Actors‌ ‌will‌ ‌be‌ ‌required‌ ‌to‌ ‌register‌ ‌for‌ ‌THEATRE‌ ‌220‌ ‌at‌ ‌Mendocino‌ ‌College‌ ‌in‌ ‌order‌ ‌to‌ ‌participate.‌ No‌ ‌experience‌ ‌is‌ ‌necessary,‌ ‌and‌ ‌since‌ ‌the‌ ‌production‌ ‌is‌ ‌entirely‌ ‌online,‌ ‌performers‌ ‌from‌ ‌outside‌ ‌of‌ ‌Lake‌ ‌County‌ ‌are‌ ‌welcome‌ ‌(and‌ ‌encouraged)‌ ‌to‌ ‌try‌ ‌out.‌ ‌

Auditions‌ ‌will‌ ‌be‌ ‌held‌ ‌online‌ ‌on‌ ‌May‌ ‌13‌ ‌and‌ ‌15.‌

Audition‌ ‌materials‌ ‌will‌ ‌be‌ ‌posted‌ ‌at‌ ‌the‌ ‌LCTC‌ ‌website ‌in‌ ‌early‌ ‌May.‌

To‌ ‌sign‌ ‌up‌ ‌for‌ ‌an‌ ‌audition‌ ‌time‌ ‌slot,‌ ‌email‌ ‌director‌ ‌John‌ ‌Tomlinson‌ ‌at‌ This email address is being protected from spambots. You need JavaScript enabled to view it..‌ ‌

Shakespeare‌ ‌at‌ ‌the‌ ‌Lake‌ ‌is‌ ‌a‌ ‌joint‌ ‌production‌ ‌of‌ ‌the‌ ‌Lake‌ ‌County‌ ‌Theatre‌ ‌Co. ‌and‌ ‌Mendocino‌ ‌College,‌ ‌with‌ ‌generous‌ ‌support‌ ‌from‌ ‌the‌ ‌Lake‌ ‌County‌ ‌Friends‌ ‌of‌ ‌Mendocino‌ ‌College.‌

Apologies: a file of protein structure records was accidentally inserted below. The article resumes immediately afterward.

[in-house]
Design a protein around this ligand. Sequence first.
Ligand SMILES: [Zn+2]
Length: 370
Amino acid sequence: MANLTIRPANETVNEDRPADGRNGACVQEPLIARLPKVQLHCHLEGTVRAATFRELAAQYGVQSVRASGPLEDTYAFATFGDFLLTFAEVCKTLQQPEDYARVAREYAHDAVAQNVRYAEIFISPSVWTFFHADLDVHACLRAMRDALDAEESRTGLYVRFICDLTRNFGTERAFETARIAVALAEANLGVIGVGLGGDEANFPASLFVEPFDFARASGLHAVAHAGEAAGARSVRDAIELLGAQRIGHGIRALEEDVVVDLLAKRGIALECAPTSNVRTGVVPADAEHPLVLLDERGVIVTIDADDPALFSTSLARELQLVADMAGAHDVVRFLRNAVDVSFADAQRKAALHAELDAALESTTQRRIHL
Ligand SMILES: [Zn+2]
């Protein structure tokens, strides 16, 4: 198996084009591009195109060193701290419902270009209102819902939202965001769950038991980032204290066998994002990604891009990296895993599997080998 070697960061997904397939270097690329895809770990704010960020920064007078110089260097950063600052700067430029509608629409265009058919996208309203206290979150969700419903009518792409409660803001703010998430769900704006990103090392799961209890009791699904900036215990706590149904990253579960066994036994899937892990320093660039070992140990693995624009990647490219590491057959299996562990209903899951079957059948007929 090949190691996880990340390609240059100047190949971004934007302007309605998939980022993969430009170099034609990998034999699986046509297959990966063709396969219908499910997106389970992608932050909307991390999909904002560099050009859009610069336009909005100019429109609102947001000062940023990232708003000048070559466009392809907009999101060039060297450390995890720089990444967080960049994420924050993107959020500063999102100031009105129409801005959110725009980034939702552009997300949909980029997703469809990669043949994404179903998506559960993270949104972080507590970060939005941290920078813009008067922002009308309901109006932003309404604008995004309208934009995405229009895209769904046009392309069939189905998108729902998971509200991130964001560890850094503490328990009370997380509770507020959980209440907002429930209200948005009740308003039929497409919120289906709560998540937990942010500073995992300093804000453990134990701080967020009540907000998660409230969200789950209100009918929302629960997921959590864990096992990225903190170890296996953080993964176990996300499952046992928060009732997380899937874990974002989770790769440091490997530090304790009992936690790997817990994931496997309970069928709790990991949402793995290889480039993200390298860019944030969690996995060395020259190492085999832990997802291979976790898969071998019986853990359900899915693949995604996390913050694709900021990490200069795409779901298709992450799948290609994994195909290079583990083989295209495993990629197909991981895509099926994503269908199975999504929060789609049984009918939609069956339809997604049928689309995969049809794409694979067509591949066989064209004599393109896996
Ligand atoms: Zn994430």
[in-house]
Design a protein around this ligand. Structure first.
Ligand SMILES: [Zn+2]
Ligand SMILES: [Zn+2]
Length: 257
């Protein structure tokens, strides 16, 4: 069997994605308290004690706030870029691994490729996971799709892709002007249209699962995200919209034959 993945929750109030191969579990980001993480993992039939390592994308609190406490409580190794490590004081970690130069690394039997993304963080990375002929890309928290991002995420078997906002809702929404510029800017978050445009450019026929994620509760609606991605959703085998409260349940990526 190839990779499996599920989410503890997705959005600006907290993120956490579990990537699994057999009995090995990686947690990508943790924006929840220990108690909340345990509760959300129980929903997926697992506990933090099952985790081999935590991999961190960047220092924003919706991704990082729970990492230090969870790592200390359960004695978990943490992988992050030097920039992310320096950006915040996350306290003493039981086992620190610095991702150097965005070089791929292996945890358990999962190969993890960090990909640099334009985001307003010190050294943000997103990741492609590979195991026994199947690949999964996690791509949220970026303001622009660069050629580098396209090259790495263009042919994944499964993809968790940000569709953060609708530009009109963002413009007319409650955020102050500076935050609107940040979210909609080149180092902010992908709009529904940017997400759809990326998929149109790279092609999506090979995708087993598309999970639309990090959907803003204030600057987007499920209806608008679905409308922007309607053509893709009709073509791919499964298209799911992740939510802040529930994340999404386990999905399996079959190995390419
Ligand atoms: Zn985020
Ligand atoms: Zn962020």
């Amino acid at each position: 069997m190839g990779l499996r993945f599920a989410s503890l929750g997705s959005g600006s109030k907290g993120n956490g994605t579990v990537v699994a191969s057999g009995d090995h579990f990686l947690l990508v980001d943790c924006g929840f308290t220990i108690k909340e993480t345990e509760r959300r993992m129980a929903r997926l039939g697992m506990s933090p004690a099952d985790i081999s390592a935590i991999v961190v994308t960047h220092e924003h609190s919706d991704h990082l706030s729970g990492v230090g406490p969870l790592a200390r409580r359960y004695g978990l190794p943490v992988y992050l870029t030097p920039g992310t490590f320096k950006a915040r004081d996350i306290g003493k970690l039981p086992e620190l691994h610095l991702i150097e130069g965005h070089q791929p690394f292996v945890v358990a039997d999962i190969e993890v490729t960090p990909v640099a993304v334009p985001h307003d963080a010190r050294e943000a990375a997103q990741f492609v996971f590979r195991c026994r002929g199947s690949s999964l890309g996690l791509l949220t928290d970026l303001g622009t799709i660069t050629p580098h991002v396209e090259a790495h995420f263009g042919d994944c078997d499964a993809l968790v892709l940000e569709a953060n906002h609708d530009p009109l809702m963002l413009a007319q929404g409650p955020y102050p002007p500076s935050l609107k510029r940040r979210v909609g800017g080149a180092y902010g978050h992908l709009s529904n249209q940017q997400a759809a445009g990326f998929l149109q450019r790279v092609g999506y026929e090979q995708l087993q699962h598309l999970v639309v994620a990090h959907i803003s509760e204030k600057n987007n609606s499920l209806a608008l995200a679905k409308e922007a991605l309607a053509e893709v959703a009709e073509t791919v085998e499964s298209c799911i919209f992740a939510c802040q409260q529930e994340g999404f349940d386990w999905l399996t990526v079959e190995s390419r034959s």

‌For‌ ‌more‌ ‌information,‌ ‌email‌ ‌‌This email address is being protected from spambots. You need JavaScript enabled to view it.‌‌ or‌ ‌call‌ ‌707-278-9628.‌ ‌ ‌

‌Laura‌ ‌Barnes is a producer‌ ‌for the Lake‌ ‌County‌ ‌Theatre‌ ‌Co.


Johnny Knoxville has been on hiatus for several years from the idiocy of the wild pranks of the “Jackass” franchise, but until the next installment arrives the vacuum can be filled by others making a hidden camera movie.

We are long past the days of Allen Funt’s “Candid Camera,” and for the uninitiated, clips of classic episodes of this landmark television series from the Fifties and Sixties may be glimpsed on YouTube.

To fill the void until Knoxville returns, Netflix steps into the breach with “Bad Trip,” a raunchy prank-filled adventure thankfully devoid of a political agenda or social commentary.

Be warned that two best buddies in dead-end jobs in Florida, namely Bud Malone (Lil Rel Howery) and Chris Carey (Eric Andre), are thrust into a road trip to New York City that is fraught with, well, an abundance of gross humor.

The goofball of the pair is Chris, first seen working at a car wash when the girl of his dreams, high school crush Maria (Michaela Conlin), arrives to have her car detailed.